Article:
“I caught more passes than I had carries as a runner,” said Phillips on Monday in a joint interview with the Deseret News and KTVX Channel 4.

“We lost the very first game of the year, surprisingly, and then we were undefeated up through that game (12-1). I don’t really recall what media types were saying regarding our chances of winning or losing. I felt like we were kind of an unstoppable offense, frankly. And so I didn’t go into the game thinking that we were a long shot by any means.”

SMU tailback Craig James outdistances takes off on a 45-yard fake punt for an SMU touchdown during the Holiday Bowl in San Diego, Dec. 19, 1980. | Lenny Ignelzi, Associated Press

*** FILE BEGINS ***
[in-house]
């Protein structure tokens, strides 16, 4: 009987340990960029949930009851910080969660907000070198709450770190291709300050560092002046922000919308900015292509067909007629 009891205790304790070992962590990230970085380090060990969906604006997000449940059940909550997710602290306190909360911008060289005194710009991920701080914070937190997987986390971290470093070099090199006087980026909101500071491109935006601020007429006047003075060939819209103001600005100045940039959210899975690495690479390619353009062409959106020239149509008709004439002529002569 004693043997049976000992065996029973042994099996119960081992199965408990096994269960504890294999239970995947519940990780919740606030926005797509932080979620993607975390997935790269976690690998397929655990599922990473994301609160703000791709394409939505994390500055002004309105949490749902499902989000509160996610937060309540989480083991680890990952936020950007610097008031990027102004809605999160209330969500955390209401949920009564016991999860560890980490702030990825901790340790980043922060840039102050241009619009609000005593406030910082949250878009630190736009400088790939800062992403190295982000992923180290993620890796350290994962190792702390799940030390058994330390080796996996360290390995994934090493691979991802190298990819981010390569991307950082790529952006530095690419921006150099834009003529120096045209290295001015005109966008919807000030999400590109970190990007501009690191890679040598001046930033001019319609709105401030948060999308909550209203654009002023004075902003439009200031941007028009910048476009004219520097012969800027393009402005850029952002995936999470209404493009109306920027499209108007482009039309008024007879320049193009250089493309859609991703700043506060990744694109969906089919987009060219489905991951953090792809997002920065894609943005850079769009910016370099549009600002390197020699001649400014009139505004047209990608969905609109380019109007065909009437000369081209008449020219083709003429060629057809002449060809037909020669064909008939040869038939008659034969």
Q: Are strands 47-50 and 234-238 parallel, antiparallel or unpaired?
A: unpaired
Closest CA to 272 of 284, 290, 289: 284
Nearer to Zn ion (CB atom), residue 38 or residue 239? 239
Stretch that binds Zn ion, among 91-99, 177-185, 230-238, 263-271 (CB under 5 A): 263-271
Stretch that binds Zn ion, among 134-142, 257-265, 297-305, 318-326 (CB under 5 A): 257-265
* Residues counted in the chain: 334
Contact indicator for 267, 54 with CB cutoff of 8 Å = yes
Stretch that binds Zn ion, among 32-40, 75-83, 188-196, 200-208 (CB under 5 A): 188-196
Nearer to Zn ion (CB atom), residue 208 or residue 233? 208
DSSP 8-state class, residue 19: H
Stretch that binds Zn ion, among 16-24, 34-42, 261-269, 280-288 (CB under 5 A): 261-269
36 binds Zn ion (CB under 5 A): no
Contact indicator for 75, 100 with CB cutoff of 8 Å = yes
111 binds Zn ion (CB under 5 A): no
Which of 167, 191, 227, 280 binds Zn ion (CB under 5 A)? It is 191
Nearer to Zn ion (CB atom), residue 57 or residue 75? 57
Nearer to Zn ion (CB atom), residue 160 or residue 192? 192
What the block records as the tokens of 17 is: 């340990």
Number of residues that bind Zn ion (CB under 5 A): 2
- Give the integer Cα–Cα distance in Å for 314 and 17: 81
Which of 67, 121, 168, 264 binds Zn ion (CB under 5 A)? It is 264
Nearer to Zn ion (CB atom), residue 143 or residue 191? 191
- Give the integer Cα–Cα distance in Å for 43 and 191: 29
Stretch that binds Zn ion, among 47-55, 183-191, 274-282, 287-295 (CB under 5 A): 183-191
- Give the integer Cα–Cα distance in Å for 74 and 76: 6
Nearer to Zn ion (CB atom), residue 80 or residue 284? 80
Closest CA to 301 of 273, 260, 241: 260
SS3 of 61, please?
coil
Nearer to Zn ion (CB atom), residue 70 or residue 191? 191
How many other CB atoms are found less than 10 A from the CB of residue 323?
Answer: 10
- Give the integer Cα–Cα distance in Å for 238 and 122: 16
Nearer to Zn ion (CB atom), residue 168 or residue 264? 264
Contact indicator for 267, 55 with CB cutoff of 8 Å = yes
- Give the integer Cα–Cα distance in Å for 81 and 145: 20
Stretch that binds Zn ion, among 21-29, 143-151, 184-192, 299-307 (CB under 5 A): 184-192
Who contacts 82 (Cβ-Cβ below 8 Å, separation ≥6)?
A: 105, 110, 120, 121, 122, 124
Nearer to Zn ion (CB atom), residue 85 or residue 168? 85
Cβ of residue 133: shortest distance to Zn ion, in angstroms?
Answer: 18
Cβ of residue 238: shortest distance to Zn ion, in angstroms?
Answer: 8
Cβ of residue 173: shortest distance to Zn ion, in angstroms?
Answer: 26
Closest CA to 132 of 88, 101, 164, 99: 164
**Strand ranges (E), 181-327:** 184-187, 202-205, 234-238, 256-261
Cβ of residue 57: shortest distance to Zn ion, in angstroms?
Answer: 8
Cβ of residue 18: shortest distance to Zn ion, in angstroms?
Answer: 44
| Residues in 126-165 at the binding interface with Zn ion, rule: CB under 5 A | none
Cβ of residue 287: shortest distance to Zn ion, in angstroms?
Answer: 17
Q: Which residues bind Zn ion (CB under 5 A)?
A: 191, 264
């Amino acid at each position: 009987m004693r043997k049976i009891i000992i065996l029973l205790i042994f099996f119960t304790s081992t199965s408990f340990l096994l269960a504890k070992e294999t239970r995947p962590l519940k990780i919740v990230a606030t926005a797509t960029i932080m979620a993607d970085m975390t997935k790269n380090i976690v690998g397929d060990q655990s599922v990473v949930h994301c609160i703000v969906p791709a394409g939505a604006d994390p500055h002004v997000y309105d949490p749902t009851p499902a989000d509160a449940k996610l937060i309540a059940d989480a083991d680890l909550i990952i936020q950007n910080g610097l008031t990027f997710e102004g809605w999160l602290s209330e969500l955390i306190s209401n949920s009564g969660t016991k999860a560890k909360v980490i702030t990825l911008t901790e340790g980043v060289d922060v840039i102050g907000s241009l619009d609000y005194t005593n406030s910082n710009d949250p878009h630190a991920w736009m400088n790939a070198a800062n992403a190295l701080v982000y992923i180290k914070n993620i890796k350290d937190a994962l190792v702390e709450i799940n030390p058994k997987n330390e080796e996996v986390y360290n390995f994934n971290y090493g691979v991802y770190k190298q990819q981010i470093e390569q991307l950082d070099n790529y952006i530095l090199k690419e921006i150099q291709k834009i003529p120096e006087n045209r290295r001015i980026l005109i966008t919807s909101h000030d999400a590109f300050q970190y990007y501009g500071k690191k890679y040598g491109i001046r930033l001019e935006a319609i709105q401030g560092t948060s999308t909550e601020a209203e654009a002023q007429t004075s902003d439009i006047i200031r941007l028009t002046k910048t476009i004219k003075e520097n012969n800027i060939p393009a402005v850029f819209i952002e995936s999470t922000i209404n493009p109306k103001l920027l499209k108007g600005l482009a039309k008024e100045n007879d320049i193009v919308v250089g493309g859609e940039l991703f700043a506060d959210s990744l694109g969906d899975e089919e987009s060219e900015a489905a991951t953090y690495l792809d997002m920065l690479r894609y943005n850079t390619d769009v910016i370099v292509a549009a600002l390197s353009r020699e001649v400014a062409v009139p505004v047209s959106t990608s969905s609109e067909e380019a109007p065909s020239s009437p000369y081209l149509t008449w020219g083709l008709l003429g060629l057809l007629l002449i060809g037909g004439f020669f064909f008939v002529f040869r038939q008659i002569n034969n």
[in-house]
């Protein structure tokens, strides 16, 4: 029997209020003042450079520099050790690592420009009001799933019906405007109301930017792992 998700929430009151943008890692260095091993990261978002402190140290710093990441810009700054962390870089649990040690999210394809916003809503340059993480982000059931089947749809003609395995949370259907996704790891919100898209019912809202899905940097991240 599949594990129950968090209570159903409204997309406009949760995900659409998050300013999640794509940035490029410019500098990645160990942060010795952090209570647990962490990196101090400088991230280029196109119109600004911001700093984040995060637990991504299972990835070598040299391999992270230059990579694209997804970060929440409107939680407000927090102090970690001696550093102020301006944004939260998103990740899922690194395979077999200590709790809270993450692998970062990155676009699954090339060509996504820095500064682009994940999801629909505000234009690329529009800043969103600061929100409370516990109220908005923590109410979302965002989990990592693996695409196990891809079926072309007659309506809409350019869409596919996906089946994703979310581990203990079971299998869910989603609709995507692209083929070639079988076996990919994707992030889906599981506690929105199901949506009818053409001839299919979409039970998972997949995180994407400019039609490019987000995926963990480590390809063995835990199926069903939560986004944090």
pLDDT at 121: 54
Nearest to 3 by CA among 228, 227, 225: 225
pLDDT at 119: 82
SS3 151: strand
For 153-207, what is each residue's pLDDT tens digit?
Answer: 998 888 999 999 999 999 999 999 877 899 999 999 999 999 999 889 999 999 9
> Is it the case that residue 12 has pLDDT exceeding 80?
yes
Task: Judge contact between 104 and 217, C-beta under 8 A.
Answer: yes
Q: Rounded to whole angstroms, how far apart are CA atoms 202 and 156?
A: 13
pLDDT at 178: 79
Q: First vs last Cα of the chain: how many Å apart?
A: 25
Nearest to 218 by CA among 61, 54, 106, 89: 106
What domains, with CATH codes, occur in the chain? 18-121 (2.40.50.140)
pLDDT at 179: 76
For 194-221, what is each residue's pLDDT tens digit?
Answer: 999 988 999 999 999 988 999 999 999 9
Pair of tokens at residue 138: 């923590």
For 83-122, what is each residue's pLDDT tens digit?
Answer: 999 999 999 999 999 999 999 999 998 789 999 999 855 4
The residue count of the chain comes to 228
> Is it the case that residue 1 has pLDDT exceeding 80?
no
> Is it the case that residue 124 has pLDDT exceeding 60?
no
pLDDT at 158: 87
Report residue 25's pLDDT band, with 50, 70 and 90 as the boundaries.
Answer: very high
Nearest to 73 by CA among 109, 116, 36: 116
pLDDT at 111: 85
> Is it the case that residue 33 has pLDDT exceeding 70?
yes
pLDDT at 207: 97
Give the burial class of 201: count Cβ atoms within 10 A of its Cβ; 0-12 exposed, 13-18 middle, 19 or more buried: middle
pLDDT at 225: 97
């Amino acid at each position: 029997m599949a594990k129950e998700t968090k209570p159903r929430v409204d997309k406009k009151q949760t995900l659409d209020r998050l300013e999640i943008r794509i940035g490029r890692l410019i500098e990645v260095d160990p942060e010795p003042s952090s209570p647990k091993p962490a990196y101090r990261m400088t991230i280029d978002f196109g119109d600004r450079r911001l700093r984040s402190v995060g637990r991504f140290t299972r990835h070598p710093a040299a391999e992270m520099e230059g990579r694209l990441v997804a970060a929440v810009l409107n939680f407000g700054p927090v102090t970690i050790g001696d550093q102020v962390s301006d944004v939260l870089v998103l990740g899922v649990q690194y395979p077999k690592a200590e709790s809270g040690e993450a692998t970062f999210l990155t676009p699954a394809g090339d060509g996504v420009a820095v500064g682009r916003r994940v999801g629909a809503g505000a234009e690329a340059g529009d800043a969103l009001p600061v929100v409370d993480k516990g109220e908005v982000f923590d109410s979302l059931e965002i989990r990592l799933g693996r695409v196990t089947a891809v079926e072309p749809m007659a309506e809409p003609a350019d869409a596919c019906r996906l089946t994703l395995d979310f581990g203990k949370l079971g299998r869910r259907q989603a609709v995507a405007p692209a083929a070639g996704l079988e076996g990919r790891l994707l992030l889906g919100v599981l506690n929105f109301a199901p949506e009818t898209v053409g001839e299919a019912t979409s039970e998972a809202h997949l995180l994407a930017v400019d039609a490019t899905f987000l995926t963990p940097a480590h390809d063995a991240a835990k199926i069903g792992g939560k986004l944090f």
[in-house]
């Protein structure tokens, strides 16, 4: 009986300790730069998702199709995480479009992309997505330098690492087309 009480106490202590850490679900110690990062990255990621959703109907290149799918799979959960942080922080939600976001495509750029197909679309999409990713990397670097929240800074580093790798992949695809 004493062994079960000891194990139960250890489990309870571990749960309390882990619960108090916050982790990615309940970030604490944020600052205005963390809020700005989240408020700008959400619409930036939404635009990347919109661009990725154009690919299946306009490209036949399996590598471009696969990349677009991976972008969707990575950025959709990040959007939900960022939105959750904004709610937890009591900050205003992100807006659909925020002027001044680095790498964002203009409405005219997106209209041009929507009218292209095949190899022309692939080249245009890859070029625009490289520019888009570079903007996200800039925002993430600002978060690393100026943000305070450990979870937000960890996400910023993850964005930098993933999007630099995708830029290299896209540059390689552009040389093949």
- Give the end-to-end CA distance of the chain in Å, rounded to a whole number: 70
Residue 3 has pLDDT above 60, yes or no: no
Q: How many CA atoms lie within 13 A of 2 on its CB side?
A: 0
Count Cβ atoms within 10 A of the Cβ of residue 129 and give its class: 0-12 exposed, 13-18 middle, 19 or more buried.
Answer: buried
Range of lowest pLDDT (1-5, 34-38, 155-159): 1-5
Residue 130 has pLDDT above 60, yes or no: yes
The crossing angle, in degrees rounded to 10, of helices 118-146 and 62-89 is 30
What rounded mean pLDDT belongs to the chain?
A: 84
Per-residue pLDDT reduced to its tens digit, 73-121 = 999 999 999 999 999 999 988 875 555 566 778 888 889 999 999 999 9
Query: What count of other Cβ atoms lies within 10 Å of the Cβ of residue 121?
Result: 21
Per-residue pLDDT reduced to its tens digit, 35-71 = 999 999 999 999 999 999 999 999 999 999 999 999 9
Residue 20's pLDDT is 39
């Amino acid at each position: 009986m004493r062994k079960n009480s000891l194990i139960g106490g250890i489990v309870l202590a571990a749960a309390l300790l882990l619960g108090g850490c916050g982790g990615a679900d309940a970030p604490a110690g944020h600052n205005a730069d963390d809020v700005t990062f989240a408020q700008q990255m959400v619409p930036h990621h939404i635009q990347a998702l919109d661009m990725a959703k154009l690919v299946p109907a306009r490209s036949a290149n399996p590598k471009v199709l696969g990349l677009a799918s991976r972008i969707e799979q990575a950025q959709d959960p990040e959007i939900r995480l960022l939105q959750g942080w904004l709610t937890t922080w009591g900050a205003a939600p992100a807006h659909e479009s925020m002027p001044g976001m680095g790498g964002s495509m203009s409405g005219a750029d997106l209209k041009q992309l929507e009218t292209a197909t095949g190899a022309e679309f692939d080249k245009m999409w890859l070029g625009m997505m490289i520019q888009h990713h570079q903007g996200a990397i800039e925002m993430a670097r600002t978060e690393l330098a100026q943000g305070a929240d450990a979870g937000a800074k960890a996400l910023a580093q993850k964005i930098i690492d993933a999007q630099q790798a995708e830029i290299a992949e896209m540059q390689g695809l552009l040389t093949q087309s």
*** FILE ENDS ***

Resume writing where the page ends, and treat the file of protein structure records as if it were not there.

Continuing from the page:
SMU pounced on BYU, gaining huge chunk of yards with its famed Pony Express backfield comprised of Eric Dickerson and Craig James. The Mustangs were later given the “death penalty” by the NCAA for paying players, ironically, a scheme now approved by the NCAA through NIL deals.

SMU took a 45-25 lead on BYU on a 41-yard touchdown run by James with just under four minutes to play. The Cougars then scored 21 unanswered points on McMahon touchdowns to Phillips, Matt Braga and Brown.

“We had a hard time stopping them every time they had the ball,” said Phillips. “They seemed to have these long 30-yard runs or 50-yard runs and what I remember is the struggle of how to stop those two running backs.”